Posts Tagged ‘color temperature’
The orange cast of domestic tungsten lamps, which is much more obvious to the camera than to the eye, needs white balance adjustment, although not always to the maximum.
Tungsten lamps are the standard, traditional form of lighting for domestic interiors, and this is where you are most likely to find them. Outdoors, and in large interiors used by the public, they have mainly been replaced by fluorescent and vapor lighting. A tungsten lamp is incandescent-that is, it shines by burning-and its brightness depends on the degree to which the filament is heated. As this in turn depends on the wattage, you can get an idea of the brightness, and the color, from the rating of the lamp. The color range, which is between orange and yellow, depends on the color temperature.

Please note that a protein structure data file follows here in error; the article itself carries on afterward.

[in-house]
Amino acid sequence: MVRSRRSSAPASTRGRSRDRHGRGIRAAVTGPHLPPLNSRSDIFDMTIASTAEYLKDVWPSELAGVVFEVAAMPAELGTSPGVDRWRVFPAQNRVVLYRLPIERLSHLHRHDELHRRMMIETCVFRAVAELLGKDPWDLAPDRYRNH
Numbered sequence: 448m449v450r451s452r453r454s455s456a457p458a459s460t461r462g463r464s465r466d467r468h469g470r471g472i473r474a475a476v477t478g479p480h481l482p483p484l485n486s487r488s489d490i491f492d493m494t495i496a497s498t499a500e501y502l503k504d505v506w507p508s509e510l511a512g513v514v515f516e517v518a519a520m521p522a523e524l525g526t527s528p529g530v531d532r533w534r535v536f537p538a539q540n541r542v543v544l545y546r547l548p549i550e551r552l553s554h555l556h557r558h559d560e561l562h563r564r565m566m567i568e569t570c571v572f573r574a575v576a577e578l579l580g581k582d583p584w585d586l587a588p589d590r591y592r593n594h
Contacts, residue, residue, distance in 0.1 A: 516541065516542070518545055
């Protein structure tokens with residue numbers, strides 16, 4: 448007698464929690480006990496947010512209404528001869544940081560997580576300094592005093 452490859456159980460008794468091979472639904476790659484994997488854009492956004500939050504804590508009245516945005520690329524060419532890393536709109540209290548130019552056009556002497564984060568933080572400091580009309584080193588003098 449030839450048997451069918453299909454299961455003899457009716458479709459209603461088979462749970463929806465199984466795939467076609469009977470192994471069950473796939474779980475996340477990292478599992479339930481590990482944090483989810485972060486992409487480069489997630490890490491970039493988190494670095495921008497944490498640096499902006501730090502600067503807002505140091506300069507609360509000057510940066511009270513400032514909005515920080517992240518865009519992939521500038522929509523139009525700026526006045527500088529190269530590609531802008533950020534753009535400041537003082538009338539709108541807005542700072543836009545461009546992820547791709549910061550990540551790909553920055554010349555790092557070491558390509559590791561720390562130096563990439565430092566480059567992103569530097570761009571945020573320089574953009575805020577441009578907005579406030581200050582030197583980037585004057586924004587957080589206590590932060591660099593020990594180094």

Color temperature is perhaps the first thing to think about when shooting by available light in houses. If you enter a shuttered, tungsten-lit room straight from daylight, you can immediately notice how orange it looks. Usually, however, we see tungsten light at night, and it does not take the eye long to adapt and to see it as almost white. However, photograph a tungsten-lit interior uncorrected-that is to say, with a “daylight” white balance setting-and you may be surprised at the orange cast, which will not be what you remembered. The color temperature values for the usual ratings of domestic lamp are lower-that is, redder-than the 3200K rating for standard “incandescent” white balance correction, and so will still appear rather warm even with this setting, although normally this is quite acceptable. As with so many things in photography, the complete answer is not a purely technical one. The ultimate criterion is what looks right, not what measures perfectly. This color temperature, as we will see later in the section on photographic lighting, is normal for photographic tungsten and tungsten-halogen lamps.
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